• Software-Defined Networking (SDN). This brings us to the next point. SDN has become a big technology for many organizations looking to build more intelligence into the networking layer. There are a few key considerations here. Vendors like Cisco (ACI) and Arista (EOS) have taken SDN to the next level by integrating into their hardware and software stack. From there, vendors like VMware (NSX) have integrated SDN control into the entire virtualization ecosystem. Finally, open source and open SDN vendors like Cumulus Networks, Plexxi, and Big Switch are creating powerful networking overlays and integration technologies for even more use-cases. In this scenario alone – you see three options to work with. If you have invested in existing data center technologies (like Cisco or Arista, for example) working with their SDN solution might make a lot of sense. It’ll integrate better, you’ll have less of a learning curve, and you’ll be able to leverage existing investments. Working with hypervisor-layer SDN makes sense if you’re very heavily virtualized and need to better control VM traffic. Remember, SDN at this layer doesn’t always provide the best levels of visibility into the physical layer – but it will certainly help you control your distributed VM architecture. Finally, working with open SDN solutions is an up-and-coming trend. If you’re a service provider, or are trying to create your own customized networking environment, working with these types of SDN overlay technologies could do the trick. Just remember that these are newer technologies and there is still a bit of a learning curve.

  • White/Brite Box Networking. Now, we break away from a lot of the named brands out there and discuss a big trend impacting a lot of data centers and service providers. Let’s quickly define white box versus brite box. Simply put, white box networking is a hardware component which, at its core, provides the underlying hardware for you to utilize. An example of this would be a QuantaMesh switch. Brite box networking is basically branded white box solutions. So, for example, placing Cumulus Linux on top of a Dell, HPE, Mellanox, or even SuperMicro switch. The cool part here is that we are seeing trends around white/brite box adoption. Gartner recently pointed out that that by 2018, non-traditional switching will account for more than 10 percent of global data center port shipments, up from under 4 percent in 2013. Now, that being said, this type of networking architecture is yet to see real mainstream adoption. For now, it really is limited to the big service providers, cloud hosts, and those organizations creating customized hyperscale solutions. Still, there are big cost saving opportunities here and the ability to create powerfully custom business solutions. If you’re looking to work with these types of systems – make sure to line up support, a good partner which can help out, and ensure you have the right use-case.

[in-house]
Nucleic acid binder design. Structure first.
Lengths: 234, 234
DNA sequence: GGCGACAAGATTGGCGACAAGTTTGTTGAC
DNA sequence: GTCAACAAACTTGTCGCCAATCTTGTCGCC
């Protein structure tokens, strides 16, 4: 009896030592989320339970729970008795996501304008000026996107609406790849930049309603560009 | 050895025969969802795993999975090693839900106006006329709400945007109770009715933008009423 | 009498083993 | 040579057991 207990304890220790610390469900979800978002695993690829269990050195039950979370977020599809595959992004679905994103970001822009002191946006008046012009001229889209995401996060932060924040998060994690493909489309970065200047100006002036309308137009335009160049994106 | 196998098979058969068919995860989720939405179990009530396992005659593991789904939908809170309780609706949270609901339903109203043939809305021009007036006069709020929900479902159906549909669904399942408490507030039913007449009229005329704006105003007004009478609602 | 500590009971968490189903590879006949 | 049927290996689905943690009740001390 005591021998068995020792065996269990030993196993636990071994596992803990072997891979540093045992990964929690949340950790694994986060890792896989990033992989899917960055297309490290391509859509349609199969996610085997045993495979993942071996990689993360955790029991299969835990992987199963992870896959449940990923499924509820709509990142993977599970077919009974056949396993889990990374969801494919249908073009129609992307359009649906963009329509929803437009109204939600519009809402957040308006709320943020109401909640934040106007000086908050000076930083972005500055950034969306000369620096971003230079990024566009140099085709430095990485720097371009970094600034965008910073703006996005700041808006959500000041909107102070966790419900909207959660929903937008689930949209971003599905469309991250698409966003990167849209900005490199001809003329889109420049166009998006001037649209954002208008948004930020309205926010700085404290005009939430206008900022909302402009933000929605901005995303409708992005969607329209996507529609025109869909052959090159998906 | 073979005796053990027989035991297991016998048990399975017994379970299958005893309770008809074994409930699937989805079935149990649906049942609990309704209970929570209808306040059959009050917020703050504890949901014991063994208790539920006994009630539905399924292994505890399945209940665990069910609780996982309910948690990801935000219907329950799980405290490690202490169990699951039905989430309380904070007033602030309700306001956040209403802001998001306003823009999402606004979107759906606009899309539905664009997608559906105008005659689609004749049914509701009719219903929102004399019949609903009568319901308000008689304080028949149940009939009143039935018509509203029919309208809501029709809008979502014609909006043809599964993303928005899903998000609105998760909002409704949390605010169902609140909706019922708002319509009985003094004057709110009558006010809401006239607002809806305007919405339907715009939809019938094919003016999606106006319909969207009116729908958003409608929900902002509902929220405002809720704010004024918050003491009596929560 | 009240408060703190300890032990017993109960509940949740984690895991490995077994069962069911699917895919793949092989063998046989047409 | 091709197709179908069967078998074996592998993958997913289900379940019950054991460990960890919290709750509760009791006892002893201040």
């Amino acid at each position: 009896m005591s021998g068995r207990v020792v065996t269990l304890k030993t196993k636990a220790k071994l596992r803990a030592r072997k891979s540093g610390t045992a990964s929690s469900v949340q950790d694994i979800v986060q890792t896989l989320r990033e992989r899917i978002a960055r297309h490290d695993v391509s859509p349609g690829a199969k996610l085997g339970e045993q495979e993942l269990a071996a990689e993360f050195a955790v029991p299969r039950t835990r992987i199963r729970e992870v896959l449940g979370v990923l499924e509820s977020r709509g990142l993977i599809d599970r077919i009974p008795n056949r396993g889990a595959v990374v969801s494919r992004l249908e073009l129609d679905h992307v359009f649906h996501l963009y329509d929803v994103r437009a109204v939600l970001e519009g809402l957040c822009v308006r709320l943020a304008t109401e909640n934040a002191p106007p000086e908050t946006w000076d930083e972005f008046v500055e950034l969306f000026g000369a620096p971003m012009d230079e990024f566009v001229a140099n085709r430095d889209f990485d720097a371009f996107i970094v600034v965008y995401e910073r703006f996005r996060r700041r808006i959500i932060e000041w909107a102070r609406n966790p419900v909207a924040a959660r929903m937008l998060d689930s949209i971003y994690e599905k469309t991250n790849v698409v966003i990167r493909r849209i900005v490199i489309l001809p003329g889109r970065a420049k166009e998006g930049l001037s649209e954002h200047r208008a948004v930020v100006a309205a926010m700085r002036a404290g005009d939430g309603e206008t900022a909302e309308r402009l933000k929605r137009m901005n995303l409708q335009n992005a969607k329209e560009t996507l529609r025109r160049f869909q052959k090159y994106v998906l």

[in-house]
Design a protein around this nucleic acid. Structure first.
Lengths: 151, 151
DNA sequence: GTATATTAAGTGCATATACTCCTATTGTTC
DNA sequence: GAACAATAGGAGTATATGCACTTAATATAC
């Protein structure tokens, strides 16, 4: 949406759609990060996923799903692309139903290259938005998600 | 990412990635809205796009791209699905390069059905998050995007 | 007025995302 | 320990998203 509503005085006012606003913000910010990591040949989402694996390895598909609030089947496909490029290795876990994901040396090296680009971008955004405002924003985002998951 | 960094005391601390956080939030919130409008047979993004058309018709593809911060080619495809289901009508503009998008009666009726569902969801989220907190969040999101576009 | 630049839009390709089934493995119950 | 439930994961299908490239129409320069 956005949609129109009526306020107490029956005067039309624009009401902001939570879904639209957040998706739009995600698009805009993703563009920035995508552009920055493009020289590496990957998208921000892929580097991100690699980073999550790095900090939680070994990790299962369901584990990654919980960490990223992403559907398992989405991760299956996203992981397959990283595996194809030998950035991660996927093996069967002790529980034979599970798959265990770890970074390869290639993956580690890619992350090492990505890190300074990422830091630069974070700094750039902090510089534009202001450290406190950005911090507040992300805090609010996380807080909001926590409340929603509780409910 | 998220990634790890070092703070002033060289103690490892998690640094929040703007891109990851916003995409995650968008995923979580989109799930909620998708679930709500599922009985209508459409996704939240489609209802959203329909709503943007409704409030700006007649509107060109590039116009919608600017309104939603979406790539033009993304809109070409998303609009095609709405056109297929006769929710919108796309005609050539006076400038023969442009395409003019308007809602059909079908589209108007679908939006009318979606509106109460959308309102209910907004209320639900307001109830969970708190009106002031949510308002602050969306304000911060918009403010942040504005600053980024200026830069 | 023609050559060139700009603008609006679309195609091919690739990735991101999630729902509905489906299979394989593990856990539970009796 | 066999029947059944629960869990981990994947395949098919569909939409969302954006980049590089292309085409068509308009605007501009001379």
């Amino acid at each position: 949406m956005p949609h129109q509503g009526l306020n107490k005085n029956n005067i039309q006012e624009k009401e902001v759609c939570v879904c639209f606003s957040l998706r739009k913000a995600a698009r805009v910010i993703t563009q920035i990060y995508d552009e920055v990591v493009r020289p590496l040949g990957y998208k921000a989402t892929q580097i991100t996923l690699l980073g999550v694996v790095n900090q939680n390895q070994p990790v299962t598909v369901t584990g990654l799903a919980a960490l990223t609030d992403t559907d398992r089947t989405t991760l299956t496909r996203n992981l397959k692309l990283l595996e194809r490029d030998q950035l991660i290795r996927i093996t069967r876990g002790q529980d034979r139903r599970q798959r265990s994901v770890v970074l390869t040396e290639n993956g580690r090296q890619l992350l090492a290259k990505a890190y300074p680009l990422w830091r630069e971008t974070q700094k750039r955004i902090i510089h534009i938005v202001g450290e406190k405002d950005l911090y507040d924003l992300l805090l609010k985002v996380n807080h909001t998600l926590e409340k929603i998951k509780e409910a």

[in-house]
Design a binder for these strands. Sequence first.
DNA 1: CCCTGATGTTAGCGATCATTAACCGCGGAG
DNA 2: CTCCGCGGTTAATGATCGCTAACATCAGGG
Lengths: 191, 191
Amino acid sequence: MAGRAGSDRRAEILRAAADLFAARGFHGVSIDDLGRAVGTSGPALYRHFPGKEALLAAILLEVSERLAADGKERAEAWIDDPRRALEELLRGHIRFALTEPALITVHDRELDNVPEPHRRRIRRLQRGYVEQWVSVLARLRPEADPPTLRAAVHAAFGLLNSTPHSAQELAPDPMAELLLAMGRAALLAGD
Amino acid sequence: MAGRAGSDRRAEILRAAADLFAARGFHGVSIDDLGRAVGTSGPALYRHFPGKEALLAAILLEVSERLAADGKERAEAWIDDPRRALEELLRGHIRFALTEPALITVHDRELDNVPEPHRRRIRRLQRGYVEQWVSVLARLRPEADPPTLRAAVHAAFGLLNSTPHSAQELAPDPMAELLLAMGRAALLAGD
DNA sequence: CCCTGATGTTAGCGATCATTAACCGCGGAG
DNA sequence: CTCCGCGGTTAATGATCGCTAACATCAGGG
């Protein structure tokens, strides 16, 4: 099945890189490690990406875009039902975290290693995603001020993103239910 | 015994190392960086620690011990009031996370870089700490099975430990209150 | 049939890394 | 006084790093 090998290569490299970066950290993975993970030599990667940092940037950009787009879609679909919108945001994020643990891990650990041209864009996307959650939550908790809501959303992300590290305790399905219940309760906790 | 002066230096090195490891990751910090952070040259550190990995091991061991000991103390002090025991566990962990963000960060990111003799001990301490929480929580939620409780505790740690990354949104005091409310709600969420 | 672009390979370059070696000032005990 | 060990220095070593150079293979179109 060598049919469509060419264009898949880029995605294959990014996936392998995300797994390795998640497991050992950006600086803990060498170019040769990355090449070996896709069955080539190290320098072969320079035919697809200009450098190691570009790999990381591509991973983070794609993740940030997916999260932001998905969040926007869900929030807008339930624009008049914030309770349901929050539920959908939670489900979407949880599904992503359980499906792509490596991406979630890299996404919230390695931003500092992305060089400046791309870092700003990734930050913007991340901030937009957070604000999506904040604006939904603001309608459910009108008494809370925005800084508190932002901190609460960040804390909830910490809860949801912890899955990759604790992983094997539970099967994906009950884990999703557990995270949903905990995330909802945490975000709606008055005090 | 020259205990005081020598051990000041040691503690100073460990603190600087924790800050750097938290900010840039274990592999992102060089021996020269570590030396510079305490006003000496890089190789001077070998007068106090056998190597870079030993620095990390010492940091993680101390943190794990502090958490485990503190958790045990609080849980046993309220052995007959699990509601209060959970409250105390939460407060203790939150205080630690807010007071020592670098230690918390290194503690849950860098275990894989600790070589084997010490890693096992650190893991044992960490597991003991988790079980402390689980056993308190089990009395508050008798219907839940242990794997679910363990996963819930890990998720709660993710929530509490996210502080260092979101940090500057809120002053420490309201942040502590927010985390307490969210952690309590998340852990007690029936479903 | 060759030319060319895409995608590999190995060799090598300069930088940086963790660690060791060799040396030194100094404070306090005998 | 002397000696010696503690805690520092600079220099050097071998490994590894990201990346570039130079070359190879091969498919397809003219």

• Cloud Networking. It’s a big, bold, cloudy world out there and networking is certainly playing its part. Cloud networking has become a big initiative for those organizations scaling their data centers into a cloud ecosystem. There are numerous platforms which help extend data center networking components into the cloud. Let me give you an example – OpenStack Neutron. Neutron creates a network-as-a-service environment which interfaces between your data center networking devices and those managed by other OpenStack services and resources. So, if you’re trying to extend your data center into the cloud; and then further integrate your cloud with other cloud services and hosts – working with OpenStack as an overall management solution might make sense. So, maybe you’re trying to build a multi-tier application delivery architecture; or – you’re creating your own advanced networking services which plugs into the OpenStack ecosystem; working with Neutron might be the right answer. These types of cloud networking technologies help create advanced provider networks which give you granular controls and very powerful network customization capabilities. So, if you’re working with cloud – look at cloud networking solutions to help simplify management and allow you to further integrate with advanced cloud solutions.

Moving forward, we’re going to see even more data pass through the networking layer. Dependency on networking systems will grow as more organizations deploy dense virtualization solutions and continue their migrations into the cloud. “The network is becoming a more strategic element of many business strategies and, in many cases, is the backbone of the business moving forward,” said Rohit Mehra, vice president, Network Infrastructure at IDC. “In 2016, we will see that manifest as enterprise IT decision makers seek new technologies that can create new efficiencies by shifting the physical to the virtual, leveraging APIs, and building better pathways to customer engagement while maximizing the value of pre-existing networking deployments.”

Always make sure to work with networking technologies which support your business functions. Most of all – ensure that these technologies create a more agile data center infrastructure, which allow your users to be a lot more productive.

About the Author(s)

Bill Kleyman

Bill Kleyman has more than 15 years of experience in enterprise technology. He also enjoys writing, blogging, and educating colleagues about tech. His published and referenced work can be found on Data Center Knowledge, AFCOM, ITPro Today, InformationWeek, NetworkComputing, TechTarget, DarkReading, Forbes, CBS Interactive, Slashdot, and more.